Journal of Ophthalmic and Vision Research

ORIGINAL ARTICLE
Year
: 2015  |  Volume : 10  |  Issue : 3  |  Page : 303--308

Central serous chorioretinopathy misdiagnosed as posterior uveitis and the vicious circle of corticosteroid therapy


Marina Papadia1, Bruno Jeannin3, Carl P Herbort2 
1 Inflammatory and Retinal Eye Diseases, Center for Ophthalmic Specialized Care, Lausanne, Switzerland; Department of Ophathalmology, Ospedale Padre Antero Micone, Genova, Italy
2 Inflammatory and Retinal Eye Diseases, Center for Ophthalmic Specialized Care, University of Lausanne, Lausanne, Switzerland

Correspondence Address:
Carl P Herbort
Center for Ophthalmic Specialized Care, Rue Charles-Monnard 6, 1003 Lausanne
Switzerland

Purpose: To determine the proportion of patients with central serous chorioretinopathy (CSCR) mistaken for posterior uveitis and to identify the deleterious consequences. Methods: Charts of 1,657 patients admitted in the section of inflammatory eye diseases at the Center for Ophthalmic Specialized Care (COS) in Lausanne, Switzerland from 1995 to 2013 were reviewed. CSCR cases misdiagnosed as posterior uveitis or those with superimposed disease due to steroid therapy for uveitis were studied. Delay in diagnosis, specific erroneous uveitis diagnosis and evolution of the disease were also evaluated. Retrospectively, the most useful means for a correct diagnosis of CSCR were the original fluorescein angiography (FA), indocyanine green angiography (ICGA) and optical coherence tomography (OCT) when available. Results: Out of a total of 1,657 patients, 15 (0.9%) cases with CSCR were identified. These included 12 subjects misdiagnosed as posterior uveitis and 3 uveitis subjects with superimposed CSCR following corticosteroid therapy for uveitis. The presentation of the disease was largely influenced by improper and continued use of corticosteroids. Conclusion: CSCR is a rare but not negligible misdiagnosis in posterior uveitis representing approximately 1% of subjects from a collective series of uveitis cases at a referral center. Investigative measures such as FA, ICGA and OCT are crucial for reaching a correct diagnosis and avoiding disease aggravation due to corticosteroid therapy.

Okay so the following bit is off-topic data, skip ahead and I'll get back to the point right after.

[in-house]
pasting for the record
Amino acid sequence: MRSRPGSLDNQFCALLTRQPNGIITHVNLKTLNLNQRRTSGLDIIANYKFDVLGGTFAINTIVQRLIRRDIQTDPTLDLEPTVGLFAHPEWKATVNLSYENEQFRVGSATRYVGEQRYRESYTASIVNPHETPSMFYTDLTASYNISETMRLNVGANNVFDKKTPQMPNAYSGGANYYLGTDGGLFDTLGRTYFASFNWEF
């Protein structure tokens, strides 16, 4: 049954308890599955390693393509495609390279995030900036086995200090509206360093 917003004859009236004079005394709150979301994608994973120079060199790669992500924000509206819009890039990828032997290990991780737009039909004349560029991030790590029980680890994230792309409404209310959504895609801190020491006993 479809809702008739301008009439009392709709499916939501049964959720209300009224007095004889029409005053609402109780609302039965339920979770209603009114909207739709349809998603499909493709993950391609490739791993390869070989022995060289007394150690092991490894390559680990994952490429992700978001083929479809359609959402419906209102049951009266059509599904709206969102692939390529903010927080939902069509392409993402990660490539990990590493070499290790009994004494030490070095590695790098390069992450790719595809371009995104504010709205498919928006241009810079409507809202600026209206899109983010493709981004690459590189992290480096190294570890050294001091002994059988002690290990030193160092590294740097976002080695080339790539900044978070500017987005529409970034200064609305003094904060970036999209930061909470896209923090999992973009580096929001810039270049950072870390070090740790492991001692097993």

How to cite this article:
Papadia M, Jeannin B, Herbort CP. Central serous chorioretinopathy misdiagnosed as posterior uveitis and the vicious circle of corticosteroid therapy.J Ophthalmic Vis Res 2015;10:303-308


How to cite this URL:
Papadia M, Jeannin B, Herbort CP. Central serous chorioretinopathy misdiagnosed as posterior uveitis and the vicious circle of corticosteroid therapy. J Ophthalmic Vis Res [serial online] 2015 [cited 2020 Aug 3 ];10:303-308
Available from: http://www.jovr.org/article.asp?issn=2008-322X;year=2015;volume=10;issue=3;spage=303;epage=308;aulast=Papadia;type=0